Tricia Sciortino:

Yeah. And I think that we were very mindful of our differences to know we’re actually on the same team.

 

Lisa Zeeveld:

Right.

 

Tricia Sciortino:

Just because we would handle a situation differently, doesn’t make anybody’s way wrong or right, or better, it was just different. And so now we’re able to kind of, as we look at that and how we make better decisions and resolve conflict, I mean, we really have learned to lean into each other for each other’s opinion, because to your point, I know that you can bring something to my communication style and you do, you add something to it and vice versa that I can support and help you in your communication style.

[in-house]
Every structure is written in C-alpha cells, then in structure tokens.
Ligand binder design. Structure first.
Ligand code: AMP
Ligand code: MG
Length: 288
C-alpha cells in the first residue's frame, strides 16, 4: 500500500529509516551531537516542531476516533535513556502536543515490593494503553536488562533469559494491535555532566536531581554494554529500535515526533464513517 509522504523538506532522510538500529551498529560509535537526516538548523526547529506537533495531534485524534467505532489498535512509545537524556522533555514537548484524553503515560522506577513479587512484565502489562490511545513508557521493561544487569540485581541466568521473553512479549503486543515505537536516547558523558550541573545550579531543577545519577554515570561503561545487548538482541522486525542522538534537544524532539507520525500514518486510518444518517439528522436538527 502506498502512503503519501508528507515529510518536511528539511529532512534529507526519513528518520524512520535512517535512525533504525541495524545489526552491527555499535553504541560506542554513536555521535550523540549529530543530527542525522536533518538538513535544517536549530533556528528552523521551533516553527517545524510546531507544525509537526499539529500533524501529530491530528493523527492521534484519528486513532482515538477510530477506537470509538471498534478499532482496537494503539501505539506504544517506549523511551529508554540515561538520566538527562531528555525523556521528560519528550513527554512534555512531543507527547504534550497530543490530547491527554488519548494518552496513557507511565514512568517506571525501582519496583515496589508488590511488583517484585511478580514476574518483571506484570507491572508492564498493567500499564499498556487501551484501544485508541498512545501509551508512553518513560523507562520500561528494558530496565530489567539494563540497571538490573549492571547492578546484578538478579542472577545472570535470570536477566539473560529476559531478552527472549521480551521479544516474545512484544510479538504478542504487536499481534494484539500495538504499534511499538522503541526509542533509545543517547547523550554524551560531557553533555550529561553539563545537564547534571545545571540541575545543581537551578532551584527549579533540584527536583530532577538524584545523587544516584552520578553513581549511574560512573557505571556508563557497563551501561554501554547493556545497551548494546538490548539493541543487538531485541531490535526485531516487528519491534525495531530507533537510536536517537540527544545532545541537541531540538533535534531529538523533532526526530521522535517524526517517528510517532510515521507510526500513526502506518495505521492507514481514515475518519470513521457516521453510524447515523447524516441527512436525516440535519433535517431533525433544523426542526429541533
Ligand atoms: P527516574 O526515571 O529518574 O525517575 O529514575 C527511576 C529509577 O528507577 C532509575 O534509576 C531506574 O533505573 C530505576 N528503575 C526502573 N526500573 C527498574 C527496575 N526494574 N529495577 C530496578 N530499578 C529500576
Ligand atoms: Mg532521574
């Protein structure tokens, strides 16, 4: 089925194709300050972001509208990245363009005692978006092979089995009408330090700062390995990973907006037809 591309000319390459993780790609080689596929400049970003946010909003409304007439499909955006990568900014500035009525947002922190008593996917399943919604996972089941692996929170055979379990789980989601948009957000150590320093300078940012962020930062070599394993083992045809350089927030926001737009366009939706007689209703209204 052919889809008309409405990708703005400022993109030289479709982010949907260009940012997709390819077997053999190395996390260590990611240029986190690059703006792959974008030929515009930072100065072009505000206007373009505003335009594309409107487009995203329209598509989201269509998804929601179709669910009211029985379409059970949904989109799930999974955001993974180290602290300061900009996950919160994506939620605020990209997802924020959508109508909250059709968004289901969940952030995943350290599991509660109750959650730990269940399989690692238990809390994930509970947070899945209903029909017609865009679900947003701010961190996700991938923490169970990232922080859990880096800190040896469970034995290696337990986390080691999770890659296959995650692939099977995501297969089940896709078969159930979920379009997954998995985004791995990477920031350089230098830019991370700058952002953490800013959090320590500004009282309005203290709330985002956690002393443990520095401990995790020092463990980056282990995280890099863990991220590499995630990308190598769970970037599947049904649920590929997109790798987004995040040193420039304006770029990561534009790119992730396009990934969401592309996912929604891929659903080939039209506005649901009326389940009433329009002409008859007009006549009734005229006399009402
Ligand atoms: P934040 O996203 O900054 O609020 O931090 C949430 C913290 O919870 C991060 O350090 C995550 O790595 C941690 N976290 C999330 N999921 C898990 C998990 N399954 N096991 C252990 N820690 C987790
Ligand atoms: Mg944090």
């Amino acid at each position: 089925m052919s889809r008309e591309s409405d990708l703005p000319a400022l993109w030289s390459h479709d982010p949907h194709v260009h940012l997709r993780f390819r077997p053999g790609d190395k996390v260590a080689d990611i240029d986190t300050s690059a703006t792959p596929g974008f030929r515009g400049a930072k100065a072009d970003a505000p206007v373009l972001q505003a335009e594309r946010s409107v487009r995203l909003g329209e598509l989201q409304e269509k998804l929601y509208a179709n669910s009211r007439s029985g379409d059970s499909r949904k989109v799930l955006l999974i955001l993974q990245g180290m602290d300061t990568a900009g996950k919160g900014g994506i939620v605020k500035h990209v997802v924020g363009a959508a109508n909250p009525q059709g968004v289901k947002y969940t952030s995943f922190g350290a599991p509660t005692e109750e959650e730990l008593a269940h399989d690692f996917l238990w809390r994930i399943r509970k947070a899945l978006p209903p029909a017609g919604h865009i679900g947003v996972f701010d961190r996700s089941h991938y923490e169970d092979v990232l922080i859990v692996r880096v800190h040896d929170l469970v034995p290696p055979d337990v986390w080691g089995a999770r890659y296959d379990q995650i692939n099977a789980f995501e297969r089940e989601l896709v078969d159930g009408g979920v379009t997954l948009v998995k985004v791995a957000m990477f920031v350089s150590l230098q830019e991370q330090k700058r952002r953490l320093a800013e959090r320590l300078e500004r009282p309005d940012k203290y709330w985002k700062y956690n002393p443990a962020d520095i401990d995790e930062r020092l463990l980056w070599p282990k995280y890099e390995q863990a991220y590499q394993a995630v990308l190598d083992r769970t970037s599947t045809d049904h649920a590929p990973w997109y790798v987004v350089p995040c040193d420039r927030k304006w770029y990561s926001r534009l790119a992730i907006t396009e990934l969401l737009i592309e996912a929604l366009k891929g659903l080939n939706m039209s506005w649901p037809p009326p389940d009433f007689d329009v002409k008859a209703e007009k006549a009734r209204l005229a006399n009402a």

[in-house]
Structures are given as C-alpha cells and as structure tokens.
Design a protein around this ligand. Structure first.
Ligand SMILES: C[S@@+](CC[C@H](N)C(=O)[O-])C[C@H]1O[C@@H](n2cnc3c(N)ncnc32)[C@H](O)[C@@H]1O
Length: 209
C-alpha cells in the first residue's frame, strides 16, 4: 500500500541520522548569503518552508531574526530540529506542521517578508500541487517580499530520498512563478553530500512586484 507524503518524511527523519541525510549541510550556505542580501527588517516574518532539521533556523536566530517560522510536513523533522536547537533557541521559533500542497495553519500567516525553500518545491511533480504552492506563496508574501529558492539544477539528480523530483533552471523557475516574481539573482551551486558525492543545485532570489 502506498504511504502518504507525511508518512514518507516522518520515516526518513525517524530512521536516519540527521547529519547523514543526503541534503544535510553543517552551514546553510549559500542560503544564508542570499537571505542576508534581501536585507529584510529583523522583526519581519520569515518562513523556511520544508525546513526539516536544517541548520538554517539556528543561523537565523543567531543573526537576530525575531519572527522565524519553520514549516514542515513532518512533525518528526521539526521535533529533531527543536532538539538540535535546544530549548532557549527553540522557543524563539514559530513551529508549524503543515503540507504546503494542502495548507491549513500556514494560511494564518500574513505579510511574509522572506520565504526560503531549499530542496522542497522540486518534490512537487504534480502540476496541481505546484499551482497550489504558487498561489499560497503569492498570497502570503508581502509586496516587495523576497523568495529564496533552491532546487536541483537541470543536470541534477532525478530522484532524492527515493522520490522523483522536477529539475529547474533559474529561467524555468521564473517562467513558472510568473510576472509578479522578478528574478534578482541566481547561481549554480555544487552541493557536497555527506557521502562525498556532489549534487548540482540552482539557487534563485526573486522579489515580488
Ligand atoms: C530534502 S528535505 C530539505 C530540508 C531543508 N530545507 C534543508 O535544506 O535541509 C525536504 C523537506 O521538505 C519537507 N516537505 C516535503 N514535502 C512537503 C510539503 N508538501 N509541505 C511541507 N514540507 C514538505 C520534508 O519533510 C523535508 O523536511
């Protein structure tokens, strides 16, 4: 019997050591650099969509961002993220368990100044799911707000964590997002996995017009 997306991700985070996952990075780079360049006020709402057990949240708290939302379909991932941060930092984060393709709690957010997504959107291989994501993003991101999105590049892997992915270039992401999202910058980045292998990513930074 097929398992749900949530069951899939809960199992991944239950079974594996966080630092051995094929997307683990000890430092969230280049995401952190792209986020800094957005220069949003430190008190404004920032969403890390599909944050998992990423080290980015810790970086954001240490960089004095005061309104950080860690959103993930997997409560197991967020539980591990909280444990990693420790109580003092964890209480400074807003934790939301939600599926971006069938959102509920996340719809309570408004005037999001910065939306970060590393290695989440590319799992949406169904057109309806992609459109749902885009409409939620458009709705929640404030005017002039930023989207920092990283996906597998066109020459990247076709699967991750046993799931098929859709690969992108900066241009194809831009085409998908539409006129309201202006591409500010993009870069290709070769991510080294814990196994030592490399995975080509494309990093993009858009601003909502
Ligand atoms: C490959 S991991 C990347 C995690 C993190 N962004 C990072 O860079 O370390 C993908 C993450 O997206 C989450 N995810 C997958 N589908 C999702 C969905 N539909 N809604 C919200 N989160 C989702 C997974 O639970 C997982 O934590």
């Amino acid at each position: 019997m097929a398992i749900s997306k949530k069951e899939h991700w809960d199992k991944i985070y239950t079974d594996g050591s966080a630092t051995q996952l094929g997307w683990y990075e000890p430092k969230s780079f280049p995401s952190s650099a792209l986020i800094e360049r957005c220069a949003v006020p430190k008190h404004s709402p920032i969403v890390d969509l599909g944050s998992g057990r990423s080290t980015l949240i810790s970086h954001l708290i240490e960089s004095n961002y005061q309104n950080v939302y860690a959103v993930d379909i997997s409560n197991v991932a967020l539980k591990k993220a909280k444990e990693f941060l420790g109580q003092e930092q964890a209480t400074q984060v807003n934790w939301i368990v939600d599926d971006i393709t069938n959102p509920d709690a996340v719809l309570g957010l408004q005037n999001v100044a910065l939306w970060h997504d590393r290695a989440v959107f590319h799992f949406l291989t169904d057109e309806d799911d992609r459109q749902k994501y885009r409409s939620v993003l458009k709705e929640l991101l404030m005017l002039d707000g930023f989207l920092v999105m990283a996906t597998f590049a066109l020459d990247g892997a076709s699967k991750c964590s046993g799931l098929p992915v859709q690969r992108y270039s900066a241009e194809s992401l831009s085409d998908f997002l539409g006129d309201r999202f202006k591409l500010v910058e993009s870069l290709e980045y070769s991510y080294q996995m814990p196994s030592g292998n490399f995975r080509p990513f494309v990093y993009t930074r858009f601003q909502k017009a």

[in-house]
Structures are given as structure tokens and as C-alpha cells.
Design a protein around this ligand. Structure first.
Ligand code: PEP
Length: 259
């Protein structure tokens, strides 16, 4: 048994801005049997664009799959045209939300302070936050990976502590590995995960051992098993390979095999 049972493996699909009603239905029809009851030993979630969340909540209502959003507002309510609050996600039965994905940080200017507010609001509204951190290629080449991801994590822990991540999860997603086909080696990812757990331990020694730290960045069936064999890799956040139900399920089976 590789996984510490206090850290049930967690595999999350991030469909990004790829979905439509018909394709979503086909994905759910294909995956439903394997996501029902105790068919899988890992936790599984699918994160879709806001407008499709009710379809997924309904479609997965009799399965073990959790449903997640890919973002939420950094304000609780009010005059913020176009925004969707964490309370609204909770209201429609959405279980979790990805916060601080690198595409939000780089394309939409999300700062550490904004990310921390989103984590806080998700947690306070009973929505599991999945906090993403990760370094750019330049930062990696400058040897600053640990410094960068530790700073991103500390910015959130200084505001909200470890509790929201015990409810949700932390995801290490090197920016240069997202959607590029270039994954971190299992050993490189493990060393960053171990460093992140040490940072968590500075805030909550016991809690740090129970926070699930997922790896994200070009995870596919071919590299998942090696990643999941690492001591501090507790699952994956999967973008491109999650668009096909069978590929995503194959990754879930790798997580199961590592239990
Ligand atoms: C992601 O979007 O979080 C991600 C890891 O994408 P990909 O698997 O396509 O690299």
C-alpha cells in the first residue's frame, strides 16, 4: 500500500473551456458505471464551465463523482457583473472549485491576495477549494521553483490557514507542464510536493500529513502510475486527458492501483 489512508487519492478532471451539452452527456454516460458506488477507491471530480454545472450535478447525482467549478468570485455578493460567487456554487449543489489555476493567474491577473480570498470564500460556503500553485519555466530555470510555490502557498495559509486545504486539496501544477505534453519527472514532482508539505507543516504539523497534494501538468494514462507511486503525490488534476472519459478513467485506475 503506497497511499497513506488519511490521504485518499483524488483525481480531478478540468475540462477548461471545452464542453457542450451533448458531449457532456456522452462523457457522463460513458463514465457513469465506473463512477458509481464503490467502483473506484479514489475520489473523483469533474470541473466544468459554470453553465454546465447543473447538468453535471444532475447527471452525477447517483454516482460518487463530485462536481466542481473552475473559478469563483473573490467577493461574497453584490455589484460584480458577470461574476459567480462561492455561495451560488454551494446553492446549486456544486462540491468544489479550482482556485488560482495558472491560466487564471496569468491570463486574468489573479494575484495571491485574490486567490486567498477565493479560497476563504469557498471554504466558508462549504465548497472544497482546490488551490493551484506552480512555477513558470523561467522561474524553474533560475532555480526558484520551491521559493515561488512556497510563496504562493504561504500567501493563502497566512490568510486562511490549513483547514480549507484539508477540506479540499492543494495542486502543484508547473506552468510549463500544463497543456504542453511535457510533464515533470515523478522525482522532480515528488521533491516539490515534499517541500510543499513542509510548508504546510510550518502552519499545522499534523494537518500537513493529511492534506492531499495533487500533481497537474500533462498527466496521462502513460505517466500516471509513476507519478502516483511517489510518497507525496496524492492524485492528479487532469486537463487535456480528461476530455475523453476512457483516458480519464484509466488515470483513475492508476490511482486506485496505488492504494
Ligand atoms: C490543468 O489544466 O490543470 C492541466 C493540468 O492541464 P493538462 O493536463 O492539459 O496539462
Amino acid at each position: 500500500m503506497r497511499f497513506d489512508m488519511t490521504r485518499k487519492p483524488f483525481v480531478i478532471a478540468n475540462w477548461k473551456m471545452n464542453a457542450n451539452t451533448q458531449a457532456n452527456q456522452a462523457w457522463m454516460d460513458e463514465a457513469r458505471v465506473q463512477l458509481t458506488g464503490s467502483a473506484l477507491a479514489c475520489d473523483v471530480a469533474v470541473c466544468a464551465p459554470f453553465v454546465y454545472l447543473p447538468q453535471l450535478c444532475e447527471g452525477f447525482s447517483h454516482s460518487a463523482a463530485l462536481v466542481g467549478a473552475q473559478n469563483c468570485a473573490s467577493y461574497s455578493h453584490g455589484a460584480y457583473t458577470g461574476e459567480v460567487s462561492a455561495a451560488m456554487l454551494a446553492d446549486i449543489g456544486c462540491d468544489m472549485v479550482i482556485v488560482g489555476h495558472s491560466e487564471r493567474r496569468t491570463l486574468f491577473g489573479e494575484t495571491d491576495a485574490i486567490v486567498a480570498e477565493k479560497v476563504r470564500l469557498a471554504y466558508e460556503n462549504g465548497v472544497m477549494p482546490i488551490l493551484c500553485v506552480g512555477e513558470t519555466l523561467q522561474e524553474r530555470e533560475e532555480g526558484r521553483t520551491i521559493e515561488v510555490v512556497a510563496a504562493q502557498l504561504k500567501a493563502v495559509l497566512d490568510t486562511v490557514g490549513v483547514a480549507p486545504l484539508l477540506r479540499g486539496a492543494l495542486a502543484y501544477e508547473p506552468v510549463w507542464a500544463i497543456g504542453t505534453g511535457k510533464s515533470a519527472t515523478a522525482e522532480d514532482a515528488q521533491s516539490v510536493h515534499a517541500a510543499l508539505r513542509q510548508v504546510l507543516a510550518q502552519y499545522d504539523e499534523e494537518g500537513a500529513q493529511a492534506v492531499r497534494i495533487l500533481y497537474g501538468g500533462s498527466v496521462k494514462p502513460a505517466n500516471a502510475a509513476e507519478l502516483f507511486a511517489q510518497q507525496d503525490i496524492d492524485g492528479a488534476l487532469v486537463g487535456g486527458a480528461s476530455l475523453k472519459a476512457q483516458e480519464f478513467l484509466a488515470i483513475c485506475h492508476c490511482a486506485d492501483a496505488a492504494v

Tricia Sciortino:

I think if people just really realize that if you let the communication differences become a wedge between you and other people or teams or peers, it can become unrecoverable for a lot of people, very tense. I think the best thing we can do to be true, emotionally intelligent adults, is to really know yourself, know the other’s motives and then find the middle ground in between so that the tensions are just normal, natural tensions. And really at the end of the day, we’re all working together and not against each other.

 

Lisa Zeeveld: